First of all, it is hands free so no more shocks! The unit has a sturdy, non-skid base that keeps it in place even when winding directly from the umbrella swift. You can increase or decrease the tension on the yarn depending on how you thread the guide and there is also a knot detector. I didn’t bother using that feature to wind the Cascade because I almost never find a knot in their yarn (really) and I was afraid that it might put too much tension on the yarn as it came off the umbrella swift, but I’m not sure I needed to worry about that.

There is a little guide on the side that makes sure the cones fill evenly from end to end. You can use that stash of cones you have been saving (sorry, no more donations to the local nursery school unless cones are the wrong size) or you can order re-usable plastic cones with the unit. There is no comparison between the way yarn knits off a cone or a ball. I’ll take a cone any day, but up until now, none of the yarns I use had that option.

This little video will give you a good idea how the winder operates. You’ll also get a look at my studio space, which is next on the list for a good spring cleaning now that I have finished the charts for all 160 swatches in the 2nd chapter of TBTWNE. Just have to finish winding the yarn for the third and final set of swatches…….so the end is in sight.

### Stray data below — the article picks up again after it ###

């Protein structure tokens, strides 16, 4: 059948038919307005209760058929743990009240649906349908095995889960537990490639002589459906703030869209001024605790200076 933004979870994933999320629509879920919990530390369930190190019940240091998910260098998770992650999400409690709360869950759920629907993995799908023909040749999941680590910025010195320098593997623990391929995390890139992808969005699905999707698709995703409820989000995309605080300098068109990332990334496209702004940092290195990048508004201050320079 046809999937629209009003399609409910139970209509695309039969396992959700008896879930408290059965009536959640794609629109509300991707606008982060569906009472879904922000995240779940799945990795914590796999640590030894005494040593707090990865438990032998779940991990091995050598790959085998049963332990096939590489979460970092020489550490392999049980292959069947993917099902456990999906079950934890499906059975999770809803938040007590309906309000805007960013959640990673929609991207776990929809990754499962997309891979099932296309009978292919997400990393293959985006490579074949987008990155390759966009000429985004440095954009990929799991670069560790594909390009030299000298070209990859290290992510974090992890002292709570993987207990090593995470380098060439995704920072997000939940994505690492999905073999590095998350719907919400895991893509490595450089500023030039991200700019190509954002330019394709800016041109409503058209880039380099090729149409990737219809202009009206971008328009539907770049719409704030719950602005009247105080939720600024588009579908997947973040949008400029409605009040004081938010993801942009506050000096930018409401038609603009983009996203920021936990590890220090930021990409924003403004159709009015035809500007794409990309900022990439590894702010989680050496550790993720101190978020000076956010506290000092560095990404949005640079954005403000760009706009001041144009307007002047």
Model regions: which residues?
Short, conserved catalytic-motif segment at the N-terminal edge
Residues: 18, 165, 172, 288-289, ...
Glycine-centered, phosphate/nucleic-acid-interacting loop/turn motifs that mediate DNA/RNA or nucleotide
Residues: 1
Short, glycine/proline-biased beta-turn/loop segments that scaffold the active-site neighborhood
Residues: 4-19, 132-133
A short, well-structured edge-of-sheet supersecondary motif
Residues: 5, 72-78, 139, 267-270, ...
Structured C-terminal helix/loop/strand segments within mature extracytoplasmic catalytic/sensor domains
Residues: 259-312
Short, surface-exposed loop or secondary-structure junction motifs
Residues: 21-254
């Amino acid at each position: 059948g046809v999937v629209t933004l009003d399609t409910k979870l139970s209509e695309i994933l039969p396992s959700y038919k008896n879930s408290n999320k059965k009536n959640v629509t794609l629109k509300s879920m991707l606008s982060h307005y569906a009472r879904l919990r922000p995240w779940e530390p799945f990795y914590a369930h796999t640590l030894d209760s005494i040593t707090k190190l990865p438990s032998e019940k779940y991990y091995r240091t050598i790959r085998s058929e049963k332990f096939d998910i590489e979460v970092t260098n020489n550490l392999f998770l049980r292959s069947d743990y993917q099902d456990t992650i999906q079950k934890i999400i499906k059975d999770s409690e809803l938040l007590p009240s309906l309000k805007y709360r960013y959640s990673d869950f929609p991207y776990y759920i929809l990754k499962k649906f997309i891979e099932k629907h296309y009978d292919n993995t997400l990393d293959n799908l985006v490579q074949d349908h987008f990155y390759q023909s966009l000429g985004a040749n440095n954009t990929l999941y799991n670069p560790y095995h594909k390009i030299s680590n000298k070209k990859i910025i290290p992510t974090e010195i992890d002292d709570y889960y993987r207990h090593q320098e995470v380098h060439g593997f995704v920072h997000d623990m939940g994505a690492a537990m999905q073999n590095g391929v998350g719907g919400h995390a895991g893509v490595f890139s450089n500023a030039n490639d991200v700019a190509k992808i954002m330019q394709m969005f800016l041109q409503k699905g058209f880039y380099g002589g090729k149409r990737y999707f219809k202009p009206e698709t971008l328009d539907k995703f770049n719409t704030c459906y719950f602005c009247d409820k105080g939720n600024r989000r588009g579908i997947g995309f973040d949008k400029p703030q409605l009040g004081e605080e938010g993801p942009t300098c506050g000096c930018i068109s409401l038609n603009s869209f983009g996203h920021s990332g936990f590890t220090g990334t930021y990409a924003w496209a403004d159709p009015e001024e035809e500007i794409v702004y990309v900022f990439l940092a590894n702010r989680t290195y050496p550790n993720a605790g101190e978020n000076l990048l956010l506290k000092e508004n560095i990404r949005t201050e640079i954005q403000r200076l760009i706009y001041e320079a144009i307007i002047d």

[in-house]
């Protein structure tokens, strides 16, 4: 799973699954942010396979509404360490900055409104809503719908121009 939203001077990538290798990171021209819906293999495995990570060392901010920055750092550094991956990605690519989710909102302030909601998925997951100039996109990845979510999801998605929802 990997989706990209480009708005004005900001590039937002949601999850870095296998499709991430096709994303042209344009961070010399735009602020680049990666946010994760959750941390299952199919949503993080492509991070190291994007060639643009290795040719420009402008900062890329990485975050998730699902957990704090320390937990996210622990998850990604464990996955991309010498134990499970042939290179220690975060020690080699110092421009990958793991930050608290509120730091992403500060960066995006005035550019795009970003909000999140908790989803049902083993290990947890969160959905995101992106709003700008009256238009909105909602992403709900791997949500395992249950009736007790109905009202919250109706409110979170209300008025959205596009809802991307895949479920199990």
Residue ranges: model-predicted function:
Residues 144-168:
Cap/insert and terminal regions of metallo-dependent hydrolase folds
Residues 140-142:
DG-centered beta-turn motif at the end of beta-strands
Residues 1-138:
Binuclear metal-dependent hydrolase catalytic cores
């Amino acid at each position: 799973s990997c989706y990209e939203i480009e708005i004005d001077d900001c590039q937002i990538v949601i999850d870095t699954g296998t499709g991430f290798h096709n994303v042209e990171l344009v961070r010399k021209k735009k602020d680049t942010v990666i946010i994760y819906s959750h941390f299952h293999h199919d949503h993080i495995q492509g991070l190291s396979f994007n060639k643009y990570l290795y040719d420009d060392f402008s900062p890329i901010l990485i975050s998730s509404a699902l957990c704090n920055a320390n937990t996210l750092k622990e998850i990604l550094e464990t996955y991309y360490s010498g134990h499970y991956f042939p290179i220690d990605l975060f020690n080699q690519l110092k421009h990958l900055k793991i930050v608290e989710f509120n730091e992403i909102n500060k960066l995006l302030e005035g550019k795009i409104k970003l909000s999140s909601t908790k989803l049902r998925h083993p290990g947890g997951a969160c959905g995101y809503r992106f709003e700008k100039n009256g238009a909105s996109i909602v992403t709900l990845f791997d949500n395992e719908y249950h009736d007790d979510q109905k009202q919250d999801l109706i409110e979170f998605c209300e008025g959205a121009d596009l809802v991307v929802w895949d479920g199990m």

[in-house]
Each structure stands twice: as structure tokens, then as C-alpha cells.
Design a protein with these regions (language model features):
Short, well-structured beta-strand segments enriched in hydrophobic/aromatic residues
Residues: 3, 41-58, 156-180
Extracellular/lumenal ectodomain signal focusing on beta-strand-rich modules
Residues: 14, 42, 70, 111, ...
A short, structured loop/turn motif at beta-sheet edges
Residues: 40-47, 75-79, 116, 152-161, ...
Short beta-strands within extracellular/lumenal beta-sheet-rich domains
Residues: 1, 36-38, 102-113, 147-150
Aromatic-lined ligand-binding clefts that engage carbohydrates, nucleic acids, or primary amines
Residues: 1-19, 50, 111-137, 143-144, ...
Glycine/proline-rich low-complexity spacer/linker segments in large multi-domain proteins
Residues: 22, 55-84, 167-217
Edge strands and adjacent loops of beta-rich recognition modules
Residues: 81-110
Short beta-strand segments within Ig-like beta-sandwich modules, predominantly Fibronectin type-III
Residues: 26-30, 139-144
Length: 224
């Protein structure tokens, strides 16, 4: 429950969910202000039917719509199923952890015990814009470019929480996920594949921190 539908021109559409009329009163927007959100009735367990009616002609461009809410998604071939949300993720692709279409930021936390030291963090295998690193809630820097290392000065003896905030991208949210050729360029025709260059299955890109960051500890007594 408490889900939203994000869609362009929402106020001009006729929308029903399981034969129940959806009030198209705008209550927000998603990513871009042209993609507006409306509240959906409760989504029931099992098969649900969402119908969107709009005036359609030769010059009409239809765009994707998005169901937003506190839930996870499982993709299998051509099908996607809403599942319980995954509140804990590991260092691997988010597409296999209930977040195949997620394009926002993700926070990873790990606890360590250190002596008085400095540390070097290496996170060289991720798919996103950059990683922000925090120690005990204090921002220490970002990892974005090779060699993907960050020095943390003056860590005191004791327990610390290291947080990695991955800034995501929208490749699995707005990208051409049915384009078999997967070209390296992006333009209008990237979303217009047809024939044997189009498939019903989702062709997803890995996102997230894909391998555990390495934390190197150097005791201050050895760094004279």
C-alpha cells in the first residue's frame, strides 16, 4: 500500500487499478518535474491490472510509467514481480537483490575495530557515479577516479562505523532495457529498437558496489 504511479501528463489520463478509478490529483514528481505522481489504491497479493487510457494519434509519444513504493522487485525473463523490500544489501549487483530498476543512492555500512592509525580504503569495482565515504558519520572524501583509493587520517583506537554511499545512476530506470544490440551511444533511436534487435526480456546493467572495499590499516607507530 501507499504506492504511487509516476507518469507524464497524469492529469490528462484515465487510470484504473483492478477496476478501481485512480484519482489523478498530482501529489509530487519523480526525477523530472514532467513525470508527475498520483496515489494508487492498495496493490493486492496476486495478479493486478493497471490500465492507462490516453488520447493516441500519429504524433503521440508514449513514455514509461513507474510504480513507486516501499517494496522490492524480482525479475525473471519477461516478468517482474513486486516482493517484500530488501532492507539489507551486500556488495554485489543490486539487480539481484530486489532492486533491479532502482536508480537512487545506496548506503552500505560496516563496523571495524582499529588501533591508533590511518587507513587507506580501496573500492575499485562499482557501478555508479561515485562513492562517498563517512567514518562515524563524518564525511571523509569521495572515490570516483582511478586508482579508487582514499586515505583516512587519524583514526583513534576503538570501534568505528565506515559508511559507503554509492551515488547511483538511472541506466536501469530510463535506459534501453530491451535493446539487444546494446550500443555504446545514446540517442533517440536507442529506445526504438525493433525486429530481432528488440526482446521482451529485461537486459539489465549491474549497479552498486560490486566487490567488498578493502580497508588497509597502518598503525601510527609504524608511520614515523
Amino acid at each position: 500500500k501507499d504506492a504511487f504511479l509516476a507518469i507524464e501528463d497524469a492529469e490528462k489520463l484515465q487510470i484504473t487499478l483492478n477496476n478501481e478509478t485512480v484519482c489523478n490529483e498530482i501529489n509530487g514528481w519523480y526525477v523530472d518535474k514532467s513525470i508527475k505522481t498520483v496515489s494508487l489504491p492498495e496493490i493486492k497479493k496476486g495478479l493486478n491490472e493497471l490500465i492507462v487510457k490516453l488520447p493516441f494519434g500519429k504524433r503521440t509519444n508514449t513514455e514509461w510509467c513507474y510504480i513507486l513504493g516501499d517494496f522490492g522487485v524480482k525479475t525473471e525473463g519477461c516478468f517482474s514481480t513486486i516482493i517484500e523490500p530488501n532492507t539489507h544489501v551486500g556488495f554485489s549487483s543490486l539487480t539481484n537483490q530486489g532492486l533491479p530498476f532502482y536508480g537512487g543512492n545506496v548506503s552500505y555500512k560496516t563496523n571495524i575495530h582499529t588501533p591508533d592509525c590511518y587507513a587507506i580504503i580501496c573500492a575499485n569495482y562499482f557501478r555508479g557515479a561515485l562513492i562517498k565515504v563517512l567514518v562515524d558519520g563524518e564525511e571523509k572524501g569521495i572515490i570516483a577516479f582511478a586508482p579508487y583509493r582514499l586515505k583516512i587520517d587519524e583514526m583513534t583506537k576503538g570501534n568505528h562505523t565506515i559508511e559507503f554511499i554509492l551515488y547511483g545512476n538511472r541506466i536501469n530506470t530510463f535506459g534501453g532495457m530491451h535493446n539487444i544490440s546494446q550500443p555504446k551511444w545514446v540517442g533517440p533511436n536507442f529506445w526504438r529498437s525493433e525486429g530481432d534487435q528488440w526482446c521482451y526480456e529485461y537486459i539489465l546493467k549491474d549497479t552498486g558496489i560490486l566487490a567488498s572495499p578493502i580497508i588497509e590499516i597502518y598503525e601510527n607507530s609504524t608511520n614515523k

I am really happy to recommend these cone winders. There are so few companies out there who cater to machine knitters’ needs. Silver Needles is a small, family owned business that has managed to stay in business since the 90’s. The winders are not inexpensive, but this time I think you will get what you pay for.

Contact info: Barb Bankord, PO Box 2722, Carefree AZ 85377-2722

Email: SilverNeedlesWI@aol.com     Phone: 480-488-2620

 

News, News, News

I have 4 things I want to talk to you about today – seems like everything happens all at once! – (1) The formation of a New England Machine Knitters’ Guild, (2) A class I am teaching in April, (3) A seminar in Minnesota and (4) some great used equipment for sale.

New Machine Knitters’ Guild!   

There are machine knitters all over New England and the Northeast and many (perhaps most) of them have few machine knitters in their area. Shops and clubs have mostly disappeared and people are on their own. If we all unite to form a single, large club/guild to meet twice a year, I think we could provide support and education for each other and help to keep machine knitting alive and well in this corner of the country.